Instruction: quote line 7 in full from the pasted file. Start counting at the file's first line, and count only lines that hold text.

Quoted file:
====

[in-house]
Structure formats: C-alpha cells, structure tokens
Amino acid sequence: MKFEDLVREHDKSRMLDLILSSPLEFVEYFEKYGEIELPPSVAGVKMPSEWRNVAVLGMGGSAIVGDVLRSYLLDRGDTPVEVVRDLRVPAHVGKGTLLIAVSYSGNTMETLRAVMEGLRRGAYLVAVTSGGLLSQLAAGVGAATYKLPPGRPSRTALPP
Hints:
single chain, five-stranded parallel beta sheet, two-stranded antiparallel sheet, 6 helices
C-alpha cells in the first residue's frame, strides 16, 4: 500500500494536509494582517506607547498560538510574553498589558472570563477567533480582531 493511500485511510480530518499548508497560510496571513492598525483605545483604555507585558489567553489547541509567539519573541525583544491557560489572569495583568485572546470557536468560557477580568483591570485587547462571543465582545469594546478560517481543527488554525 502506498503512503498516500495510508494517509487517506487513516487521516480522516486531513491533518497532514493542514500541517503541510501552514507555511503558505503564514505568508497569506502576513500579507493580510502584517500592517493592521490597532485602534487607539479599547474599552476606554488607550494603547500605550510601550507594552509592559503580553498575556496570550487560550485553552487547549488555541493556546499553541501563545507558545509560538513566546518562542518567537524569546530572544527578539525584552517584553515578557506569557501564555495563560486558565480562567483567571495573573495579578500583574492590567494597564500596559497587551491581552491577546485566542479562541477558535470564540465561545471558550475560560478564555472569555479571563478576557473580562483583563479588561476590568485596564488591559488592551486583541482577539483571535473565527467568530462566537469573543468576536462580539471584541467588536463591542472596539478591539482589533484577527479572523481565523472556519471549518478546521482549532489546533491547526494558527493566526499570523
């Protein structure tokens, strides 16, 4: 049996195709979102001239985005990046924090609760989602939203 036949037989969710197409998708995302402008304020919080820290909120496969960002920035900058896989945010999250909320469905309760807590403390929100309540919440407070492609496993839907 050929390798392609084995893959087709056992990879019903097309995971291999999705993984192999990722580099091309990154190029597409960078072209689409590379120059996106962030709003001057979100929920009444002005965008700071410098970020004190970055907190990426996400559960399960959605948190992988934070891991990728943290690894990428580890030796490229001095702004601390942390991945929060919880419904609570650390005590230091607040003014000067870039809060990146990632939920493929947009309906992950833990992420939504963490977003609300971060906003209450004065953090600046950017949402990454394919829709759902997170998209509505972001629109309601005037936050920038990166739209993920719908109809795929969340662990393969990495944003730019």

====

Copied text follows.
């Protein structure tokens, strides 16, 4: 049996195709979102001239985005990046924090609760989602939203 036949037989969710197409998708995302402008304020919080820290909120496969960002920035900058896989945010999250909320469905309760807590403390929100309540919440407070492609496993839907 050929390798392609084995893959087709056992990879019903097309995971291999999705993984192999990722580099091309990154190029597409960078072209689409590379120059996106962030709003001057979100929920009444002005965008700071410098970020004190970055907190990426996400559960399960959605948190992988934070891991990728943290690894990428580890030796490229001095702004601390942390991945929060919880419904609570650390005590230091607040003014000067870039809060990146990632939920493929947009309906992950833990992420939504963490977003609300971060906003209450004065953090600046950017949402990454394919829709759902997170998209509505972001629109309601005037936050920038990166739209993920719908109809795929969340662990393969990495944003730019």